Statistical analyses were carried out using Statistica 7.0 software (StatSoft, Tulsa, OK, USA). The statistical analysis used for each experiment is indicated in their corresponding figure legends. If the data violated the assumptions of homogeneity of variance or normality, the corresponding nonparametric test was utilized as appropriate. Statistical significance was set at P < 0.05. Data are presented as means ± standard error of the mean (SEM).

Results

Intact Input–Output Functions in the DG and CA1 of Fmr1 KO Mice

To determine whether Fmr1 KO animals had equivalent response to increasing stimulus intensities, synaptic input–output (IO) curves were constructed as described previously (Eadie et al. 2010). As shown in Figure 1A1, the slope of the fEPSP in the medial perforant path (MPP) of the dentate gyrus increased significantly with increasing current strength (WT: n = 12; KO: n = 11; repeated-measures ANOVA: F8,168 = 213.700, P < 0.001); however, it did so equivalently for both genotypes (repeated-measures ANOVA: F1,21 = 0.000, P = 0.833). Input/output curves were also generated for stratum radiatum evoked responses. As shown in Figure 1B1, increasing stimulus intensities produced equivalent increases in response size for both genotypes (WT n = 10, KO n = 10; repeated-measures ANOVA: F1,18 = 0.200, P = 0.684).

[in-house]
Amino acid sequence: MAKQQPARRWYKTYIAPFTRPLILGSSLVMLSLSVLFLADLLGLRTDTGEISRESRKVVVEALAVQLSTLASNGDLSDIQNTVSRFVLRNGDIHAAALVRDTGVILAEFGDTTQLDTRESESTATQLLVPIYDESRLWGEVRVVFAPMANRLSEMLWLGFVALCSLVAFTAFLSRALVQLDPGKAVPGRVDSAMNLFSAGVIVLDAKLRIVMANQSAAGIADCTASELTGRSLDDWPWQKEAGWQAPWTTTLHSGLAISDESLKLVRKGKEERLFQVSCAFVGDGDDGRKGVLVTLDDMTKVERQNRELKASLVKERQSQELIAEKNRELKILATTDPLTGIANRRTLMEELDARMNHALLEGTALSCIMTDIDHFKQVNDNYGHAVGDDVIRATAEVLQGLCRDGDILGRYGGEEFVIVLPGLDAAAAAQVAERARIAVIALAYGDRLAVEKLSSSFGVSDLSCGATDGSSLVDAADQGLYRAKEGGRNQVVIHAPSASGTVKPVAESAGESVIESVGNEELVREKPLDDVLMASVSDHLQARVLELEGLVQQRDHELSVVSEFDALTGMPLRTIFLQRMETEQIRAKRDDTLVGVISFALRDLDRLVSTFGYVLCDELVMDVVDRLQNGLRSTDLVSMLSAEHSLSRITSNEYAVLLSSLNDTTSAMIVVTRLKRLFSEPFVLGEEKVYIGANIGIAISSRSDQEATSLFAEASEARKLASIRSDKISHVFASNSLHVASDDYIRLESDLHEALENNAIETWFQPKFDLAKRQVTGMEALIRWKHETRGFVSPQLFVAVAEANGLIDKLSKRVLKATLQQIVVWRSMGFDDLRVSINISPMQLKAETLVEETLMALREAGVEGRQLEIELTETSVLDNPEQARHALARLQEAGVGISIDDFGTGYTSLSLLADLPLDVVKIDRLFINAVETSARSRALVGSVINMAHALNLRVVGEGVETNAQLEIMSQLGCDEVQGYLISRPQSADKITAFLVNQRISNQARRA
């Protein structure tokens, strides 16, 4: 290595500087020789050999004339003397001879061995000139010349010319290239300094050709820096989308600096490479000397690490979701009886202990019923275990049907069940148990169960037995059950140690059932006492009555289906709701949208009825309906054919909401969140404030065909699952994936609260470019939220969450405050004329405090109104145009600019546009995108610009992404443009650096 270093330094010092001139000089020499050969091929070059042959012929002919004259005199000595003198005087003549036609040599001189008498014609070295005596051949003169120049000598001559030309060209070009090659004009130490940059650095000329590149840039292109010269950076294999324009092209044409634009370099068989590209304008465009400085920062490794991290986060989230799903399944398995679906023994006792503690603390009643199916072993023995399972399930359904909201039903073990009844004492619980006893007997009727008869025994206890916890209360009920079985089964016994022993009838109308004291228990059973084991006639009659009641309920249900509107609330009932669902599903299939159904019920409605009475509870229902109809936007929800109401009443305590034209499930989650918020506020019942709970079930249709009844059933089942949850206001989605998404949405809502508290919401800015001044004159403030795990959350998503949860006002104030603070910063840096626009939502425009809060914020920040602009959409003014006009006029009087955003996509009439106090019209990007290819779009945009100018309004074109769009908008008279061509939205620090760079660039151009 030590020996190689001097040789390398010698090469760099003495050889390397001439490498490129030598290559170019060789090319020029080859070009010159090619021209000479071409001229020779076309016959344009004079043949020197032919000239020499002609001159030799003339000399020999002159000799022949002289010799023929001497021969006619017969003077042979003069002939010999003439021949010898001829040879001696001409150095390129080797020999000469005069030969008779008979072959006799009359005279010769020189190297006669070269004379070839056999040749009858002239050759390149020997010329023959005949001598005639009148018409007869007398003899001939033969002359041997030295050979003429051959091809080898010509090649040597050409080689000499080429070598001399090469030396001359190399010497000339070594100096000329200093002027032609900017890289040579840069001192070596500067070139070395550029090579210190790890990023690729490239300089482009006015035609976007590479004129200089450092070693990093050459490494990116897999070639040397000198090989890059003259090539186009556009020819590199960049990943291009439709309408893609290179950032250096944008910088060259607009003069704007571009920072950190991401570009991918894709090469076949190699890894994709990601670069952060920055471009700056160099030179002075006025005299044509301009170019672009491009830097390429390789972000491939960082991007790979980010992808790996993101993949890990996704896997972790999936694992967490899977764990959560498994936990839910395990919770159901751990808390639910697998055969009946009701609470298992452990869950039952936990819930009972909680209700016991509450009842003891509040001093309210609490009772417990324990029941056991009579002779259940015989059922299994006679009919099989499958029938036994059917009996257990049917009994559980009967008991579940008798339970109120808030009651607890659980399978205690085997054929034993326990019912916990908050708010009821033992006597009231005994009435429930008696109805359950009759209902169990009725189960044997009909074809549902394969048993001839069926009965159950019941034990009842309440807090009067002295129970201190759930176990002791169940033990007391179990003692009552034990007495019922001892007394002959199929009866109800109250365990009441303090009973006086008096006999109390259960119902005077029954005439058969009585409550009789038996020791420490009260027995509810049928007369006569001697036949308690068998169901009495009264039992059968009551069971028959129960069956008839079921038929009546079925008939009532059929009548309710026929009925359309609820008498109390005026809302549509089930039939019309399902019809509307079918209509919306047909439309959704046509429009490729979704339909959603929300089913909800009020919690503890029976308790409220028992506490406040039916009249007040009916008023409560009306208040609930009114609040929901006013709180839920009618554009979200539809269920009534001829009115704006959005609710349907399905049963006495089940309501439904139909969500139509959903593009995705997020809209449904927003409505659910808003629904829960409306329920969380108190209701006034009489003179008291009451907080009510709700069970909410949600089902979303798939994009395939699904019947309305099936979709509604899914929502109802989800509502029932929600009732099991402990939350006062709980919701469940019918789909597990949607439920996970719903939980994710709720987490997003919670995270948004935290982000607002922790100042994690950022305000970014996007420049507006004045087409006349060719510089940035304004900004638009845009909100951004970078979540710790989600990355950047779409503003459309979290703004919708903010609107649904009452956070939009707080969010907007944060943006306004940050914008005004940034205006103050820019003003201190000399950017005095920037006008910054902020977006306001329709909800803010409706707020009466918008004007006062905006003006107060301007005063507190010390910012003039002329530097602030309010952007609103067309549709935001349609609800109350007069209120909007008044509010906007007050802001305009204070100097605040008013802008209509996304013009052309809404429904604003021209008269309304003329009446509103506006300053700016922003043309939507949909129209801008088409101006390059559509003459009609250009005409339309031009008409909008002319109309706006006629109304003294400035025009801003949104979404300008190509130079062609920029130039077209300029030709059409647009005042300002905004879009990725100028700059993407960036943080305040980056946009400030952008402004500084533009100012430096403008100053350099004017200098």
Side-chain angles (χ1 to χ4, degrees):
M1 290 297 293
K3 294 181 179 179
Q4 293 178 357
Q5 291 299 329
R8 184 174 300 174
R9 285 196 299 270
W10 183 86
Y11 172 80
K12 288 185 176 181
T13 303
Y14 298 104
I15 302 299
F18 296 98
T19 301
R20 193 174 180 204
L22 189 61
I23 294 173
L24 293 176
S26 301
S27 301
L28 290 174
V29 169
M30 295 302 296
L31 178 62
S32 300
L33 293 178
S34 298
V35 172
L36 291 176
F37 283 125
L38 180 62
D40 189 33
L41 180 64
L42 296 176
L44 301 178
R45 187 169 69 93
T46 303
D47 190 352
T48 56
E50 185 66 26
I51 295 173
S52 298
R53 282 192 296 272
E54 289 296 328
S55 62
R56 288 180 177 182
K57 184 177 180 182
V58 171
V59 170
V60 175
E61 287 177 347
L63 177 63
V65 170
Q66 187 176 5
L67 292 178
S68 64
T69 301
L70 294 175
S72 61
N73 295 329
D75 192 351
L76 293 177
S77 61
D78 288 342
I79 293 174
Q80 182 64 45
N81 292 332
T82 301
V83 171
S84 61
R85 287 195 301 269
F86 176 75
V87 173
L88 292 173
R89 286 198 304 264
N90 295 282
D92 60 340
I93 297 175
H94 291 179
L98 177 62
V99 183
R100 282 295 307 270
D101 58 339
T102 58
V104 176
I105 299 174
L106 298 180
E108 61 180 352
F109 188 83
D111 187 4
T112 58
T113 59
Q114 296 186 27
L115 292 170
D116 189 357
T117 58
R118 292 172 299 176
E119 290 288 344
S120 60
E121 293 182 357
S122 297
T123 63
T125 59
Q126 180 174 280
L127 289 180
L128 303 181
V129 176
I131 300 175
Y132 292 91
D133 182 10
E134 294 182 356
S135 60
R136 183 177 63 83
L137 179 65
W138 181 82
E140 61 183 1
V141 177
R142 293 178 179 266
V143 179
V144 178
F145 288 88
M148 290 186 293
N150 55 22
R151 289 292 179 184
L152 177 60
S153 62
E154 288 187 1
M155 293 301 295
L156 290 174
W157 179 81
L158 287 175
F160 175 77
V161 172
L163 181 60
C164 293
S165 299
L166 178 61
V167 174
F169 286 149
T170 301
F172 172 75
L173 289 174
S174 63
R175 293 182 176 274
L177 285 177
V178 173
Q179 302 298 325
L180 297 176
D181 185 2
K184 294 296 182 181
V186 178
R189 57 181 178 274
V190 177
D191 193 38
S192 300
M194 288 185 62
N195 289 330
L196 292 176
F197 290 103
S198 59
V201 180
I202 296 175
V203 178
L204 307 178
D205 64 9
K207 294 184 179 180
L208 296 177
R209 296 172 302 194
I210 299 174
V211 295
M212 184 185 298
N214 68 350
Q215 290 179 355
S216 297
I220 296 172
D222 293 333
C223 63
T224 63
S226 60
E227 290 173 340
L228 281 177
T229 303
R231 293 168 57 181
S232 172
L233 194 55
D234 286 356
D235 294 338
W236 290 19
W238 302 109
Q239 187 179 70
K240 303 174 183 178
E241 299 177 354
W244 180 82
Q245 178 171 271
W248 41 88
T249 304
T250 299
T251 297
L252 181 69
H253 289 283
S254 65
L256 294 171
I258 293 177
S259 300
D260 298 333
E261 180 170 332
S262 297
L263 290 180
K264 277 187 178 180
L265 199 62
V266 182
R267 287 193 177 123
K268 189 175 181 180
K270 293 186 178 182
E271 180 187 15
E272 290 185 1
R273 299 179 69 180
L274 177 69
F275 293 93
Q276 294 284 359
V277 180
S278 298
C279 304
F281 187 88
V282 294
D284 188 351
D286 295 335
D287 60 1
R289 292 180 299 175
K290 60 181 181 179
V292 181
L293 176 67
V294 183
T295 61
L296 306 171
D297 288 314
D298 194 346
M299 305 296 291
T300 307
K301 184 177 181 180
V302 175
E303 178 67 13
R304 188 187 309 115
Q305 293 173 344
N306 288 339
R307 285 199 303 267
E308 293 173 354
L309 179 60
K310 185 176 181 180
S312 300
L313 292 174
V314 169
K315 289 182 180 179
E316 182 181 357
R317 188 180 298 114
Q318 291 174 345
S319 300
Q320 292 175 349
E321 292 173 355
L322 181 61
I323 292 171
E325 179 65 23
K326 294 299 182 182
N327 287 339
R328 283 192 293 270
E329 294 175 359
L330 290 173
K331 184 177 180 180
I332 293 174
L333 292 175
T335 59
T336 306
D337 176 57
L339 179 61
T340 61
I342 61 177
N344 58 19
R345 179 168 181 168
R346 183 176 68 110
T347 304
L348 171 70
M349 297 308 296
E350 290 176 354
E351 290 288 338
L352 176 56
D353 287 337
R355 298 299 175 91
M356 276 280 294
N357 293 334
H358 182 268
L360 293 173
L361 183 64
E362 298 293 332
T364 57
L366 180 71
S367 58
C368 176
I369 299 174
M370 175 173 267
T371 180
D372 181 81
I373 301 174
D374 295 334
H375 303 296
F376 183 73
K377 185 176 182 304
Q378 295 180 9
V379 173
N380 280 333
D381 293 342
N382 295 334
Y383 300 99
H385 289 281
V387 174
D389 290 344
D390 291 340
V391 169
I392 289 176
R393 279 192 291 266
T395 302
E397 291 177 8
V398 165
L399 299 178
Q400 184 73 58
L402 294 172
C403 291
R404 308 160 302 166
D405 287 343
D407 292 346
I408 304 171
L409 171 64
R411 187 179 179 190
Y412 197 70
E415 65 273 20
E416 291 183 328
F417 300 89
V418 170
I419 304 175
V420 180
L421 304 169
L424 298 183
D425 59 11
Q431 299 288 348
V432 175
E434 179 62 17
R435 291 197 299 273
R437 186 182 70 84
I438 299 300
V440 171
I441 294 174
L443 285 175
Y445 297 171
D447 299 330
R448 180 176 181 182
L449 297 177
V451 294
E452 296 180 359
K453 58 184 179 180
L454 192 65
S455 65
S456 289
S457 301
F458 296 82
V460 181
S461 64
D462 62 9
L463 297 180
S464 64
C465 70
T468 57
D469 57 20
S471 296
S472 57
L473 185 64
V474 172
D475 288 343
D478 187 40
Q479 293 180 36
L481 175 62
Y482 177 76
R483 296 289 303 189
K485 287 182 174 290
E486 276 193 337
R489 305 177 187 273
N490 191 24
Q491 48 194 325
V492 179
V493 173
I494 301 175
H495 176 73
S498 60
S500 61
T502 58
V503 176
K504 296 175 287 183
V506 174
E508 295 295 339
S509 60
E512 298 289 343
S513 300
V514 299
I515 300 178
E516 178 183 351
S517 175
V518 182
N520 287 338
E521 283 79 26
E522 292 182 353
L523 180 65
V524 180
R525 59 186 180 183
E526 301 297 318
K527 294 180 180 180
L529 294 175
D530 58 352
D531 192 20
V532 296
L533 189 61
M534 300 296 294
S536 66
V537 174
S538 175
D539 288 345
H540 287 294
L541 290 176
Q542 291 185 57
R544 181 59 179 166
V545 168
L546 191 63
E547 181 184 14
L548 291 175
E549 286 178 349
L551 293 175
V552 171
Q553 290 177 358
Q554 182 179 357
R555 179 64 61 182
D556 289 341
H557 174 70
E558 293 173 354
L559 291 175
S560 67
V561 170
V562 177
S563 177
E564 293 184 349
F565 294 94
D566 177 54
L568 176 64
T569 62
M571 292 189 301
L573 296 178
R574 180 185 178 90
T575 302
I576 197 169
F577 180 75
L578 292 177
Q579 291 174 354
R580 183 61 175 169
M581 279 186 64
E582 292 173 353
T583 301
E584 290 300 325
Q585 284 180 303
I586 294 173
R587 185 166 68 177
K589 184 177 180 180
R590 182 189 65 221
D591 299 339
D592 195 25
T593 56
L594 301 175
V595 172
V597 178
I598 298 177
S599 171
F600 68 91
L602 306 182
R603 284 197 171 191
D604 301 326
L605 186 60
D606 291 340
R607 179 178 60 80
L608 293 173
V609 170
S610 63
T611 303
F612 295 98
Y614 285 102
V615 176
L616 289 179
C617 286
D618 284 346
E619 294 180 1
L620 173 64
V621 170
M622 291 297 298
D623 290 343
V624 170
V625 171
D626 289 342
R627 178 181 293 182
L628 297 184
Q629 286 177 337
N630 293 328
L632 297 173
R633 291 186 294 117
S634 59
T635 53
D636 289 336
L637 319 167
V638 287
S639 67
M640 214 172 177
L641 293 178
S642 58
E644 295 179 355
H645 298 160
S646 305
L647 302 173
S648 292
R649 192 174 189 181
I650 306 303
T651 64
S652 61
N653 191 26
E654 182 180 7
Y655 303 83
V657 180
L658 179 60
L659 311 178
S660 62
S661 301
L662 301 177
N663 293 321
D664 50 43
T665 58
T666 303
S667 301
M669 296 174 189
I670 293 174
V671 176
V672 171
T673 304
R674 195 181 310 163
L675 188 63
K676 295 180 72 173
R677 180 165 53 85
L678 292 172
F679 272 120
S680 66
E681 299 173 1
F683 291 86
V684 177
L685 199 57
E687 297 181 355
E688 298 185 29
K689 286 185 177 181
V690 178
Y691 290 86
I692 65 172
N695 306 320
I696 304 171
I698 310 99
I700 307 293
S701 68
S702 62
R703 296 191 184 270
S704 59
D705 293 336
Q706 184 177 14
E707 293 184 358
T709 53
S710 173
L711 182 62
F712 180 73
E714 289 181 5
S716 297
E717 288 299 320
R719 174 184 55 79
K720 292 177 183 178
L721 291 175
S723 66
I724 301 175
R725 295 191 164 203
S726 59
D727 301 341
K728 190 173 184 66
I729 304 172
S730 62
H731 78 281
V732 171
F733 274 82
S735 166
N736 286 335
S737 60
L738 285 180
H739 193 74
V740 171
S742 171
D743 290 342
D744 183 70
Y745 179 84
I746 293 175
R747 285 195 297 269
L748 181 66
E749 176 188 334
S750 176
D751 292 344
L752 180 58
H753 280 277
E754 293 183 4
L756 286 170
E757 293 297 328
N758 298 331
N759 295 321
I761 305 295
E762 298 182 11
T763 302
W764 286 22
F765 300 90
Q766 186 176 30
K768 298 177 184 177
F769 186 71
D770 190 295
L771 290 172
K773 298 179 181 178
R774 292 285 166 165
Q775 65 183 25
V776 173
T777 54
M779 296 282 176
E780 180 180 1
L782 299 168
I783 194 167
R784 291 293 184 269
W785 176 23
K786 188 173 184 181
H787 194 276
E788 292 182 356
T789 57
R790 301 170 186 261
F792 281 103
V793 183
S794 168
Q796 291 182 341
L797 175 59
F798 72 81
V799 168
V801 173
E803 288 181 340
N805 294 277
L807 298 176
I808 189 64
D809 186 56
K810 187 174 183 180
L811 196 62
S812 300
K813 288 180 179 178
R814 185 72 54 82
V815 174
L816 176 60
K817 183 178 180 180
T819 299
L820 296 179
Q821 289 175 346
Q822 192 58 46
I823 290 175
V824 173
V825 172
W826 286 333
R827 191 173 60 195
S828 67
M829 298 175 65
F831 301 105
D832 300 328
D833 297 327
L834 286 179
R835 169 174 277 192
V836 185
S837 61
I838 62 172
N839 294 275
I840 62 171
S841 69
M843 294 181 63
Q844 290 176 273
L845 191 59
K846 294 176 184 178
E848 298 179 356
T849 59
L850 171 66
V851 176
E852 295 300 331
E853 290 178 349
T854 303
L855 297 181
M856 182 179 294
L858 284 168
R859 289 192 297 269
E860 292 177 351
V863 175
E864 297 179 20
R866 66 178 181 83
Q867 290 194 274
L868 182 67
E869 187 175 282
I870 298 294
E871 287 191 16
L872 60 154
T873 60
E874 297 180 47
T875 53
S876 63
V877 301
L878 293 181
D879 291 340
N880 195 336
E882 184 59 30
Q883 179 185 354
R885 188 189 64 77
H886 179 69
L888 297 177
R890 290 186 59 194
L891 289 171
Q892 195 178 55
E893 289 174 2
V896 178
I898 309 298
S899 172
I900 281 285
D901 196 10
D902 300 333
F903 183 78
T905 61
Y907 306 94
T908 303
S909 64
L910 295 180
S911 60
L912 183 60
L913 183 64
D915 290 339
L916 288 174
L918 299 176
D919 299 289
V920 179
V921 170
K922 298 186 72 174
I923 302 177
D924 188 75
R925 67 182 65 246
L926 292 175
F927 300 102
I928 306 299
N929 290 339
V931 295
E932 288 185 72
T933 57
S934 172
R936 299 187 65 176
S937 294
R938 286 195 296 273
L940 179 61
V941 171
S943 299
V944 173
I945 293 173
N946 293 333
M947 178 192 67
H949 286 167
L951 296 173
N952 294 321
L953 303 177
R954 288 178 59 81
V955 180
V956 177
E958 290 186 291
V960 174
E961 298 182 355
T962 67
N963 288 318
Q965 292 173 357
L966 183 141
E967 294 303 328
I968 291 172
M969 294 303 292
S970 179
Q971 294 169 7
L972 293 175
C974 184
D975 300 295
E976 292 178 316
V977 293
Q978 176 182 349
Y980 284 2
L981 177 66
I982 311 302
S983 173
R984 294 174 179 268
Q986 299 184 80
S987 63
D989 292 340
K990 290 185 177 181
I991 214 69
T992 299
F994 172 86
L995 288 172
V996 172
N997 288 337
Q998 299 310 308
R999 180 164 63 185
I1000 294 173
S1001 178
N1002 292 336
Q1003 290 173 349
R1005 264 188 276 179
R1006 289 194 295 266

Figure 1.